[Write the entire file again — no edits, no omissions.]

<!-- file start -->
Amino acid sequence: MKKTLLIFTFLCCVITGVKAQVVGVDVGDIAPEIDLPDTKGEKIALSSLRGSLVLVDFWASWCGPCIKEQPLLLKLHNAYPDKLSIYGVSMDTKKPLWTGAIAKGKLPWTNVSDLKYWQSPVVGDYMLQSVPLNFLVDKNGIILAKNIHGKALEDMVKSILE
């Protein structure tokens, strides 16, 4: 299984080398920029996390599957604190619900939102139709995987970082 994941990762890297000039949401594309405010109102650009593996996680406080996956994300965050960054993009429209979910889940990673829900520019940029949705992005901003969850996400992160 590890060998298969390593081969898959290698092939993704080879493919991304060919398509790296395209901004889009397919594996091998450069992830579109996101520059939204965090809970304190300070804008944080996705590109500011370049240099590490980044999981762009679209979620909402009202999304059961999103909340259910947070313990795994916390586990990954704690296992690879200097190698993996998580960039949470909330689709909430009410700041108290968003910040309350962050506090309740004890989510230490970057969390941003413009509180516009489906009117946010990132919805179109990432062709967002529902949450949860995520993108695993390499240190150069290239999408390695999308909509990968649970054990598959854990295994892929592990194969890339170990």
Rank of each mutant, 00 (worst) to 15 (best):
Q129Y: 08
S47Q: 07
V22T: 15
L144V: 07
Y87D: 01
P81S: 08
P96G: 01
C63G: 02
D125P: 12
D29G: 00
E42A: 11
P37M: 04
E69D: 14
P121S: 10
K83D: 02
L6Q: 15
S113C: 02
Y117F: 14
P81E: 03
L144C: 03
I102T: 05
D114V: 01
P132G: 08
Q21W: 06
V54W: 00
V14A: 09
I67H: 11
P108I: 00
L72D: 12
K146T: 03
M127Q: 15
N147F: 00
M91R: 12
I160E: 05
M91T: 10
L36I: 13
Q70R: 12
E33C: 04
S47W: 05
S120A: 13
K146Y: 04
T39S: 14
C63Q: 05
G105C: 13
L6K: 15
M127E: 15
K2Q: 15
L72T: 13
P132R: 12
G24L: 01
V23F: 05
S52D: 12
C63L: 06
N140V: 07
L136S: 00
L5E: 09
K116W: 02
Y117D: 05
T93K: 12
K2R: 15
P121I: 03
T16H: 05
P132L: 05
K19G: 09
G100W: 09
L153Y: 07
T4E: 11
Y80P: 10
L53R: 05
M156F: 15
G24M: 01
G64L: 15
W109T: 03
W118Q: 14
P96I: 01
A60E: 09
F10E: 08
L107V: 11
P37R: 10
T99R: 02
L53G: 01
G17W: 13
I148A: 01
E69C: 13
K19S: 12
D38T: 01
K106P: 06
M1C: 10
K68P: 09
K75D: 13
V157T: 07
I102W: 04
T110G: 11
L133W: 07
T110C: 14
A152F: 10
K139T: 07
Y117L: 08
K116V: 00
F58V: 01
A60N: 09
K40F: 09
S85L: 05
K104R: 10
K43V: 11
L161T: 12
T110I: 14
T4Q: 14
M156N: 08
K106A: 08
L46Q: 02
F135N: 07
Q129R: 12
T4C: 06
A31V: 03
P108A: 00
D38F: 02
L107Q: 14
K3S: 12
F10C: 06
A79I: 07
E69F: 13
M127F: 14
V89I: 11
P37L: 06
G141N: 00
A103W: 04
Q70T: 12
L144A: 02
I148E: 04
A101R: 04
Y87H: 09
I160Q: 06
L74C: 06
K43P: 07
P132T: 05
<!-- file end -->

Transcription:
Amino acid sequence: MKKTLLIFTFLCCVITGVKAQVVGVDVGDIAPEIDLPDTKGEKIALSSLRGSLVLVDFWASWCGPCIKEQPLLLKLHNAYPDKLSIYGVSMDTKKPLWTGAIAKGKLPWTNVSDLKYWQSPVVGDYMLQSVPLNFLVDKNGIILAKNIHGKALEDMVKSILE
């Protein structure tokens, strides 16, 4: 299984080398920029996390599957604190619900939102139709995987970082 994941990762890297000039949401594309405010109102650009593996996680406080996956994300965050960054993009429209979910889940990673829900520019940029949705992005901003969850996400992160 590890060998298969390593081969898959290698092939993704080879493919991304060919398509790296395209901004889009397919594996091998450069992830579109996101520059939204965090809970304190300070804008944080996705590109500011370049240099590490980044999981762009679209979620909402009202999304059961999103909340259910947070313990795994916390586990990954704690296992690879200097190698993996998580960039949470909330689709909430009410700041108290968003910040309350962050506090309740004890989510230490970057969390941003413009509180516009489906009117946010990132919805179109990432062709967002529902949450949860995520993108695993390499240190150069290239999408390695999308909509990968649970054990598959854990295994892929592990194969890339170990």
Rank of each mutant, 00 (worst) to 15 (best):
Q129Y: 08
S47Q: 07
V22T: 15
L144V: 07
Y87D: 01
P81S: 08
P96G: 01
C63G: 02
D125P: 12
D29G: 00
E42A: 11
P37M: 04
E69D: 14
P121S: 10
K83D: 02
L6Q: 15
S113C: 02
Y117F: 14
P81E: 03
L144C: 03
I102T: 05
D114V: 01
P132G: 08
Q21W: 06
V54W: 00
V14A: 09
I67H: 11
P108I: 00
L72D: 12
K146T: 03
M127Q: 15
N147F: 00
M91R: 12
I160E: 05
M91T: 10
L36I: 13
Q70R: 12
E33C: 04
S47W: 05
S120A: 13
K146Y: 04
T39S: 14
C63Q: 05
G105C: 13
L6K: 15
M127E: 15
K2Q: 15
L72T: 13
P132R: 12
G24L: 01
V23F: 05
S52D: 12
C63L: 06
N140V: 07
L136S: 00
L5E: 09
K116W: 02
Y117D: 05
T93K: 12
K2R: 15
P121I: 03
T16H: 05
P132L: 05
K19G: 09
G100W: 09
L153Y: 07
T4E: 11
Y80P: 10
L53R: 05
M156F: 15
G24M: 01
G64L: 15
W109T: 03
W118Q: 14
P96I: 01
A60E: 09
F10E: 08
L107V: 11
P37R: 10
T99R: 02
L53G: 01
G17W: 13
I148A: 01
E69C: 13
K19S: 12
D38T: 01
K106P: 06
M1C: 10
K68P: 09
K75D: 13
V157T: 07
I102W: 04
T110G: 11
L133W: 07
T110C: 14
A152F: 10
K139T: 07
Y117L: 08
K116V: 00
F58V: 01
A60N: 09
K40F: 09
S85L: 05
K104R: 10
K43V: 11
L161T: 12
T110I: 14
T4Q: 14
M156N: 08
K106A: 08
L46Q: 02
F135N: 07
Q129R: 12
T4C: 06
A31V: 03
P108A: 00
D38F: 02
L107Q: 14
K3S: 12
F10C: 06
A79I: 07
E69F: 13
M127F: 14
V89I: 11
P37L: 06
G141N: 00
A103W: 04
Q70T: 12
L144A: 02
I148E: 04
A101R: 04
Y87H: 09
I160Q: 06
L74C: 06
K43P: 07
P132T: 05